During a special meeting on Friday, the Bend City Council, ostensibly, voted in favor of the environment when they pledged to limit drains on Bridge Creek, the city's main water supply source.
The small Tumalo Creek tributary remains at the center of a discussion about how to improve flows in the watershed, particularly in the future as Bend's water demands increase. Toward that end, the city is working to replace the old water pipelines and intake facility at Bridge Creek, located in the hills west of town. But the project is on hold because of a lawsuit filed by Central Oregon LandWatch in November. The Bend conservation group asserts that the Forest Service signed off on the pipe project without properly weighing its environmental impacts.
Friday's unanimous vote to work toward leaving more water in Bridge and Tumalo Creeks seemed like a river-friendly move—more water in the creeks is good for the fish and the Deschutes River—but environmentalists worry that it's all a bunch of meaningless lip service.
"These things can be changed anytime," says Central Oregon LandWatch founder and attorney Paul Dewey of Friday's resolution. "There's nothing significant about what they did today."
Dewey's concern, and that of other local river stewards, hinges on the amount of water the city is allowed to draw from Bridge Creek. Here's how the current system works: The city pulls 18.2 cubic feet per second from the Bridge Creek intake, pipes the water to the Outback water facility and, whatever water the city doesn't use, it pipes back into the watershed. On average, roughly 9 cfs are returned to Tumalo Creek. Under the new proposed system, which includes installation of a much larger pipe—one with the capacity to take up to 36 cfs—a flow valve will be installed at the Bridge Creek intake and the city could decide how much to draw, based on needs. Initially, the city would only be allowed to draw 18.2 cfs, but Dewey worries they'd soon take much more.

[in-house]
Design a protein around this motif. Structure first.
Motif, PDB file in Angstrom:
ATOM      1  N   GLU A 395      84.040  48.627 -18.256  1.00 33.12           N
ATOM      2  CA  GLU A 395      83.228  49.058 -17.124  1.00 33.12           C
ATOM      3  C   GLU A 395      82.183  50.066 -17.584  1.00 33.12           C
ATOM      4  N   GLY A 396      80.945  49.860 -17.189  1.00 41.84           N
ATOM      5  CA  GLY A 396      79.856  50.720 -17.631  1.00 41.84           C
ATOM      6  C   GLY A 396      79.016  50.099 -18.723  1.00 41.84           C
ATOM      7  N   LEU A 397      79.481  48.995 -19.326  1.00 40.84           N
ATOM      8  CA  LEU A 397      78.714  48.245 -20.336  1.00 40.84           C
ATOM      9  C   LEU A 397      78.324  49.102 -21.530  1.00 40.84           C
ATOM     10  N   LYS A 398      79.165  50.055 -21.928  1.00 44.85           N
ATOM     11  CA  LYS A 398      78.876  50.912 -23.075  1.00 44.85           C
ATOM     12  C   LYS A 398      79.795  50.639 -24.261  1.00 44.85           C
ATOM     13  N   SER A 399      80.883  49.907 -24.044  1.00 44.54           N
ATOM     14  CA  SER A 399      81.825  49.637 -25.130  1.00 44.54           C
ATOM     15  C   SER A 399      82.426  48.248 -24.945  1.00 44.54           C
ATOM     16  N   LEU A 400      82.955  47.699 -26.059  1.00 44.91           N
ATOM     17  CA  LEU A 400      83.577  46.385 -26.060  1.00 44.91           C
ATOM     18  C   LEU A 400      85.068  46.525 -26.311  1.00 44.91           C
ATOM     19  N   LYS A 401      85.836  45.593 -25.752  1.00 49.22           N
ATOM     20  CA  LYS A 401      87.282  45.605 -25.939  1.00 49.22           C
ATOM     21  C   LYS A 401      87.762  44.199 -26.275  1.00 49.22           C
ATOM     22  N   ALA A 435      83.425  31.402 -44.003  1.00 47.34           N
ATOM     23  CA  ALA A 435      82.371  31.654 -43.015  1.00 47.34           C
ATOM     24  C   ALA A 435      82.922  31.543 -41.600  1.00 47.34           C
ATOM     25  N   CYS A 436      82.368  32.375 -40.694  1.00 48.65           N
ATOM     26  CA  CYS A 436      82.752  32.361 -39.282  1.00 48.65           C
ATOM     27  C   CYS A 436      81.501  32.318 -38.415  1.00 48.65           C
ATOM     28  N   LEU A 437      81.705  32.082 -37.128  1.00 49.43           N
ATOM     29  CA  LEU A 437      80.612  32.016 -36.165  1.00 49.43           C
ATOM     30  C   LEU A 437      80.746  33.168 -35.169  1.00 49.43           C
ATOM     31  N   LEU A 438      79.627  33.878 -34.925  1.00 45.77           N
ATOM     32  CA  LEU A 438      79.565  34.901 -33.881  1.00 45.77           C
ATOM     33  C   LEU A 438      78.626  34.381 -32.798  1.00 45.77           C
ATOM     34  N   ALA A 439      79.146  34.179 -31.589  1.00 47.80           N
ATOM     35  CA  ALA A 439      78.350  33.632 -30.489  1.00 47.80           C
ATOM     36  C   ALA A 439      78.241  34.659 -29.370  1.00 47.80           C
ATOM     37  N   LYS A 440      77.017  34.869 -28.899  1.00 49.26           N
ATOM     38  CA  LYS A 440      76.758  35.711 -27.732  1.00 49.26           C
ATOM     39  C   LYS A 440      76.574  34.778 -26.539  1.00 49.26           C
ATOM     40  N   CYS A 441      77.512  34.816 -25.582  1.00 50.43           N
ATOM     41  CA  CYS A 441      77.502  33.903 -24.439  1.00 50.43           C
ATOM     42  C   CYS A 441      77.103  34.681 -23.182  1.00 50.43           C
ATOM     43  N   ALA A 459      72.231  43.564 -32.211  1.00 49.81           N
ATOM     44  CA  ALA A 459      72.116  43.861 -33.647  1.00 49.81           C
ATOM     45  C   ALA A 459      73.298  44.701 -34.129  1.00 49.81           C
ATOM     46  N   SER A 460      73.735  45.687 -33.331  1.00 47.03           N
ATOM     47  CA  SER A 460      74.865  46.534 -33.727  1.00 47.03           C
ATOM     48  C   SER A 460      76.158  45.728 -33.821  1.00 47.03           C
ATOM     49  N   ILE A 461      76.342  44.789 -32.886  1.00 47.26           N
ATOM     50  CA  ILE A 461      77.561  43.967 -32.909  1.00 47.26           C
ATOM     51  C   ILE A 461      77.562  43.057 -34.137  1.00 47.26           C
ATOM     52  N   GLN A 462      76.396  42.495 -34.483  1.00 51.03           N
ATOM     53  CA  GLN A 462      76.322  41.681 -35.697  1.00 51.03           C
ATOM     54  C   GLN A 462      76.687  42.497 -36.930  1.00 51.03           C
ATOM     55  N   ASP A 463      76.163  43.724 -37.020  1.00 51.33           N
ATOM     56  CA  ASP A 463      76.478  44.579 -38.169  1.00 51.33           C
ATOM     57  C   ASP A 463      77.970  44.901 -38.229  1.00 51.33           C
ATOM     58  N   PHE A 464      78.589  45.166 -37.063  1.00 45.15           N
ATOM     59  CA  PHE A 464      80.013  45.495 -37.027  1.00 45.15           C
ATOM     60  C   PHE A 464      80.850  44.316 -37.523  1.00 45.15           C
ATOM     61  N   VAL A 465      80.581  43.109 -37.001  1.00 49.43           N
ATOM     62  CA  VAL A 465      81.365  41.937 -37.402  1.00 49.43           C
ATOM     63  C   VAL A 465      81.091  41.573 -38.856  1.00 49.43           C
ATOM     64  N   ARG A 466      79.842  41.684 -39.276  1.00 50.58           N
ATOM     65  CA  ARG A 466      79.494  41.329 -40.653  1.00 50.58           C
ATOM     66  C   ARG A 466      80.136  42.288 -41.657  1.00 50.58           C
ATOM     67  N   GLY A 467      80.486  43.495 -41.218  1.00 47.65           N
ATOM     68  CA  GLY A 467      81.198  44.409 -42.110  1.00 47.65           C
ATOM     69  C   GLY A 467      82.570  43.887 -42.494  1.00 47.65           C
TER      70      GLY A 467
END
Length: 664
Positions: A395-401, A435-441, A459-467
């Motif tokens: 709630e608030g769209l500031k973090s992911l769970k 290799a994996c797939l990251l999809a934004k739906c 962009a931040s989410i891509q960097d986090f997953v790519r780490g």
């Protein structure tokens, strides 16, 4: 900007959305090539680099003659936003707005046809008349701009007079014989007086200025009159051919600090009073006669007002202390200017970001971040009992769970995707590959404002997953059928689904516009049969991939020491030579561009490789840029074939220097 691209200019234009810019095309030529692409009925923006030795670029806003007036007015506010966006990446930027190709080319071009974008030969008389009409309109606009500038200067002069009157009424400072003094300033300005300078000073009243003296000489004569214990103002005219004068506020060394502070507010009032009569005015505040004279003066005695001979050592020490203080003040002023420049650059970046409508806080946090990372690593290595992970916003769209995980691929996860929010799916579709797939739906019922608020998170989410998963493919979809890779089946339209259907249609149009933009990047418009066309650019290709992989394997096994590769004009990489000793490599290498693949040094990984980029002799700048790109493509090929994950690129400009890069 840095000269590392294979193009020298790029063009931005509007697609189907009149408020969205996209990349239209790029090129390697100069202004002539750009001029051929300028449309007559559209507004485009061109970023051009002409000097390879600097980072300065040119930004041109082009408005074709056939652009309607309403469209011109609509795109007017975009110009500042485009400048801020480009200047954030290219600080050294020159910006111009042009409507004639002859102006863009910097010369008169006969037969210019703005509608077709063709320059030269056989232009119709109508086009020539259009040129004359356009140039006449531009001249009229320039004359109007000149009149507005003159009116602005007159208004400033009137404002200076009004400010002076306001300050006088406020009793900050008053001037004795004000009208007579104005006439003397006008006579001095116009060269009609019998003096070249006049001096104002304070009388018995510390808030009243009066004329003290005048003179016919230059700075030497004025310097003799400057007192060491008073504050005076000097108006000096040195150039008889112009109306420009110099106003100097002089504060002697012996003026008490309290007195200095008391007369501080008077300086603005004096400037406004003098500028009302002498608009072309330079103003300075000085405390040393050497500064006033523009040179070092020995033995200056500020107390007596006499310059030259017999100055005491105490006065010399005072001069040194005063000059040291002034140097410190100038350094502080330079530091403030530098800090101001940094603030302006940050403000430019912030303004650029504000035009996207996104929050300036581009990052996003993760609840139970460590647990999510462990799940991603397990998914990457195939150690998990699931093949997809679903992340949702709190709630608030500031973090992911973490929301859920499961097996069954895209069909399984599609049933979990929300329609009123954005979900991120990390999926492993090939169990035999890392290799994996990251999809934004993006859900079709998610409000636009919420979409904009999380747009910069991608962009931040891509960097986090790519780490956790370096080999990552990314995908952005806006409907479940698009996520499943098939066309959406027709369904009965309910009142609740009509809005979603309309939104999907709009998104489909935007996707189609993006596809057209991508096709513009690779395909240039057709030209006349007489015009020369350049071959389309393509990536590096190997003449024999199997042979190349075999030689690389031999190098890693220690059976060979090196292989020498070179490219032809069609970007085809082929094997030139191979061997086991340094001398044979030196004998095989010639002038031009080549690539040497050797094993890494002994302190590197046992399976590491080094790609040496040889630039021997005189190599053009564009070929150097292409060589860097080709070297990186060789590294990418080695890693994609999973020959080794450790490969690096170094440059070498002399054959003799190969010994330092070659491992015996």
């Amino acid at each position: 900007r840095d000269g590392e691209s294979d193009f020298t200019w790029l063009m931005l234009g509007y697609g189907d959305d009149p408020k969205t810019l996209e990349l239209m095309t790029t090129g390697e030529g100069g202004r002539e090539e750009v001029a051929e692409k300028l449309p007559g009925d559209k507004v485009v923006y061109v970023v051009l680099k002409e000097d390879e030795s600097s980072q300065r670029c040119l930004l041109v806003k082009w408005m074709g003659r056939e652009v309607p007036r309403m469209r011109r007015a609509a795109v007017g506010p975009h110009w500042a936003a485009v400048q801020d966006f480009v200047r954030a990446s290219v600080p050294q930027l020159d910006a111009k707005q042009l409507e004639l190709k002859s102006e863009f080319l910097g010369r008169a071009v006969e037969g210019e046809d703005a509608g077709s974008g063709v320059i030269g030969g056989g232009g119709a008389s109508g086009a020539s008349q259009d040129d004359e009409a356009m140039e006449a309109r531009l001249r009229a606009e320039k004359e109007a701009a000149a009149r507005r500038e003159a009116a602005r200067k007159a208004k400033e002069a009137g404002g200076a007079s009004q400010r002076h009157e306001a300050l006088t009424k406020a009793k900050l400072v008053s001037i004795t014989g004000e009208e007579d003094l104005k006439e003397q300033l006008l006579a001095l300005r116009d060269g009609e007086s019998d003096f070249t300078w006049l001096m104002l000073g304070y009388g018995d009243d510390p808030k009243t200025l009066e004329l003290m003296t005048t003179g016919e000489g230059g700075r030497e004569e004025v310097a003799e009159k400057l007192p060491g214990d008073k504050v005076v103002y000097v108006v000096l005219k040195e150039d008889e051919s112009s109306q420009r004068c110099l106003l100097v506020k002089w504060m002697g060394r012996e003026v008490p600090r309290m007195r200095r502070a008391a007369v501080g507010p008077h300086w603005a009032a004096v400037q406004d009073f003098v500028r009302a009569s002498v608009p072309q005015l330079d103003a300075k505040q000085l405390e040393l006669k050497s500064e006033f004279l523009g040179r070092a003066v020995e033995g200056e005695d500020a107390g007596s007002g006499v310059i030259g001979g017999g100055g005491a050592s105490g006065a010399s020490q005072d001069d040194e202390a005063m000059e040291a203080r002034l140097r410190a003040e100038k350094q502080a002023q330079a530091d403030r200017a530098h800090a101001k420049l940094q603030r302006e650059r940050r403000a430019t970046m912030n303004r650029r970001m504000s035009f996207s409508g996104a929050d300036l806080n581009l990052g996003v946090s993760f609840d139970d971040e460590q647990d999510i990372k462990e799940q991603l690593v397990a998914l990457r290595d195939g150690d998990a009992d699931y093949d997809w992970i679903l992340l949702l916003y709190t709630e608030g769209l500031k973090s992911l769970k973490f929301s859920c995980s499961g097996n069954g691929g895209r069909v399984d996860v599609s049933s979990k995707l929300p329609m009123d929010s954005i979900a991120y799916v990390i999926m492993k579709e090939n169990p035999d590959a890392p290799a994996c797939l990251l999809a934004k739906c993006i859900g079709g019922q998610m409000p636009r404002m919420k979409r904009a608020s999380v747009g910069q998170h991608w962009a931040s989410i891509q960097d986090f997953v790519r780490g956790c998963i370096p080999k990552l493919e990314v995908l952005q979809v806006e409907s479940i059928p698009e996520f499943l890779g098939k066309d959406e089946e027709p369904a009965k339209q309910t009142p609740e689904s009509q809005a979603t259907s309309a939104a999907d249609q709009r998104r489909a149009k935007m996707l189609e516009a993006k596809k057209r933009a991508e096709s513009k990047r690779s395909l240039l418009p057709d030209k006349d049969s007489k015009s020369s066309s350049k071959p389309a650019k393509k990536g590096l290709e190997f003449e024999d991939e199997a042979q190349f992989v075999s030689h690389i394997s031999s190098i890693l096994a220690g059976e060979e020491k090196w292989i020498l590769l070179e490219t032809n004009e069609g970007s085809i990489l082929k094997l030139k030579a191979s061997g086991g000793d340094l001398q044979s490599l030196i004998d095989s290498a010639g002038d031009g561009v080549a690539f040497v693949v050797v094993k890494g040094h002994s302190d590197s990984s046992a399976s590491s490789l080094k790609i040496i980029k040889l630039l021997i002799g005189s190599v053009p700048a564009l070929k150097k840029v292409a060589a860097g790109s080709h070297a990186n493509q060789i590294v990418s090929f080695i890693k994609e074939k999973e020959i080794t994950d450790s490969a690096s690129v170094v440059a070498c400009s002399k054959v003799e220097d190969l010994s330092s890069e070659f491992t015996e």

Allowing the city to effectively double its draw on the creek, Dewey says, is a dangerous scenario.
"They're building a pipe that's so big that there's no way they're not going to use more (water)," says Dewey. "Their full intent is to max it out."
Nikki Roemmer, regional director of the Oregon League of Conservation Voters, was more optimistic about Friday's resolution, but just a tad.
"It's the first step in the right direction," she says of the city's pledge to target in-stream flow regimes, as set by the Water Resource Department. The final wording was amended after city councilor Jodie Barram requested the change, based on a number of emails she received from concerned community members.
Still, Roemmer would like to see the city go one step farther and commit to a hard number. The city's stated goal of maintaining 32 cfs in Tumalo Creek would be a bold, but environmentally effective policy, notes Roemmer. Presently, only about 10 cfs flows through the creek.
"I think what's failing to be mentioned is why we want increased flows," Roemmer adds. "It's so that we'll still have fish in that stream, and so that we'll have cold water in the Deschutes where fish can thrive."